Data communication refers to the exchange of data between a source and a receiver via form of transmission media such as a wire cable. Data communication is said to be local if communicating devices are in the same building or a similarly restricted geographical area.
The meanings of source and receiver are very simple. The device that transmits the data is known as source and the device that receives the transmitted data is known as receiver. Data communication aims at the transfer of data and maintenance of the data during the process but not the actual generation of the information at the source and receiver.
Datum mean the facts information statistics or the like derived by calculation or experimentation. The facts and information so gathered are processed in accordance with defined systems of procedure. Data can exist in a variety of forms such as numbers, text, bits and bytes. The Figure is an illustration of a simple data communication system.
The term data used to describe information, under whatever form of words you will be using.
A data communication system may collect data from remote locations through data transmission circuits, and then outputs processed results to remote locations. Figure provides a broader view of data communication networks. The different data communication techniques which are presently in widespread use evolved gradually either to improve the data communication techniques already existing or to replace the same with better options and features. Then, there are data communication jargons to contend with such as baud rate, modems, routers, LAN, WAN, TCP/IP, ISDN, during the selection of communication systems. Hence, it becomes necessary to review and understand these terms and gradual development of data communication methods.
Components of data communication system
A Communication system has following components:
1. Message: It is the information or data to be communicated. It can consist of text, numbers, pictures, sound or video or any combination of these.
2. Sender: It is the device/computer that generates and sends that message.
3. Receiver: It is the device or computer that receives the message. The location of receiver computer is generally different from the sender computer. The distance between sender and receiver depends upon the types of network used in between.
4. Medium: It is the channel or physical path through which the message is carried from sender to the receiver. The medium can be wired like twisted pair wire, coaxial cable, fiber-optic cable or wireless like laser, radio waves, and microwaves.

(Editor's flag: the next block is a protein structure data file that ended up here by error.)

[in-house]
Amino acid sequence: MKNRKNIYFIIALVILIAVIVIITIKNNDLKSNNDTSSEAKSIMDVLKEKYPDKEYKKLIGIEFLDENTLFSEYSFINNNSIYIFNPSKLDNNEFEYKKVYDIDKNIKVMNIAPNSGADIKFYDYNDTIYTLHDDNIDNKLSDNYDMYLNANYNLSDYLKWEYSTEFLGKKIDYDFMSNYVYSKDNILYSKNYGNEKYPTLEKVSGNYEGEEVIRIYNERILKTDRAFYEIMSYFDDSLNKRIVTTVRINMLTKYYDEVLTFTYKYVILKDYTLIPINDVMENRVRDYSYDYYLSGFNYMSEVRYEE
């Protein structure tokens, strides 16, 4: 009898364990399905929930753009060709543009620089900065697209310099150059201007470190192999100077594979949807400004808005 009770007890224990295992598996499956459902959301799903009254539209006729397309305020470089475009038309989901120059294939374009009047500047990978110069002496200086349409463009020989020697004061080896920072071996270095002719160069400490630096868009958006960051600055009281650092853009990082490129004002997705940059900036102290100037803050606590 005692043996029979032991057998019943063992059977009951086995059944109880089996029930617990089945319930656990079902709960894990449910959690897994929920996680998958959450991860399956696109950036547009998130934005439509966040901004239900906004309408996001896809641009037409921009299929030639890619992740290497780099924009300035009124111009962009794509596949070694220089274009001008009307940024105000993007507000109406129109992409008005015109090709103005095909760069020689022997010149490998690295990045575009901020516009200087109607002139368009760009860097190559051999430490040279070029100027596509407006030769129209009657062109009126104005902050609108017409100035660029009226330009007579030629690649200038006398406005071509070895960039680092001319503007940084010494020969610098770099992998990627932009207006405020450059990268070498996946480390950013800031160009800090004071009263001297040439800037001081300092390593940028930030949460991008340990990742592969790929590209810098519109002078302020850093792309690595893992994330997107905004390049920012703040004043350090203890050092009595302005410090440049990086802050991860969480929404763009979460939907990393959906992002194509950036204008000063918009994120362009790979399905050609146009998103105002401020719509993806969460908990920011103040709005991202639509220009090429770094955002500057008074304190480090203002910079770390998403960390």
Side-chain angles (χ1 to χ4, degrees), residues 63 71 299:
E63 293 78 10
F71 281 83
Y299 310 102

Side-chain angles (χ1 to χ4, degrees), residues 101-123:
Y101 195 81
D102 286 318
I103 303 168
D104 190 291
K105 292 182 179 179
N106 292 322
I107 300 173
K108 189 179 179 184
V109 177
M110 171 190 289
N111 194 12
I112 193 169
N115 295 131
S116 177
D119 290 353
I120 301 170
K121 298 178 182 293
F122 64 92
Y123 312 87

5. Protocol: It is a set of rules that govern the communication between the devices. Both sender and receiver follow same protocols to communicate with each other.
A protocol performs the following functions:
1. Data sequencing. It refers to breaking a long message into smaller packets of fixed size. Data sequencing rules define the method of numbering packets to detect loss or duplication of packets, and to correctly identify packets, which belong to same message.
2. Data routing. Data routing defines the most efficient path between the source and destination.
3. Data formatting. Data formatting rules define which group of bits or characters within packet constitute data, control, addressing, or other information.
4. Flow control. A communication protocol also prevents a fast sender from overwhelming a slow receiver. It ensures resource sharing and protection against traffic congestion by regulating the flow of data on communication lines.
5. Error control. These rules are designed to detect errors in messages and to ensure transmission of correct messages. The most common method is to retransmit erroneous message block. In such a case, a block having error is discarded by the receiver and is retransmitted by the sender.
6. Precedence and order of transmission. These rules ensure that all the nodes get a chance to use the communication lines and other resources of the network based on the priorities assigned to them.
7. Connection establishment and termination. These rules define how connections are established, maintained and terminated when two nodes of a network want to communicate with each other.
8. Data security. Providing data security and privacy is also built into most communication software packages. It prevents access of data by unauthorized users.
9. Log information. Several communication software are designed to develop log information, which consists of all jobs and data communications tasks that have taken place. Such information may be used for charging the users of the network based on their usage of the network resources.
The effectiveness depends on four fundamental characteristics of data communications
1. Delivery: The data must be deliver in correct order with correct destination.
2. Accuracy: The data must be deliver accurately.
3. Timeliness: The data must be deliver in a timely manner.late delivered Data useless.
4. Jitter: It is the uneven delay in the packet arrival time that cause uneven quality.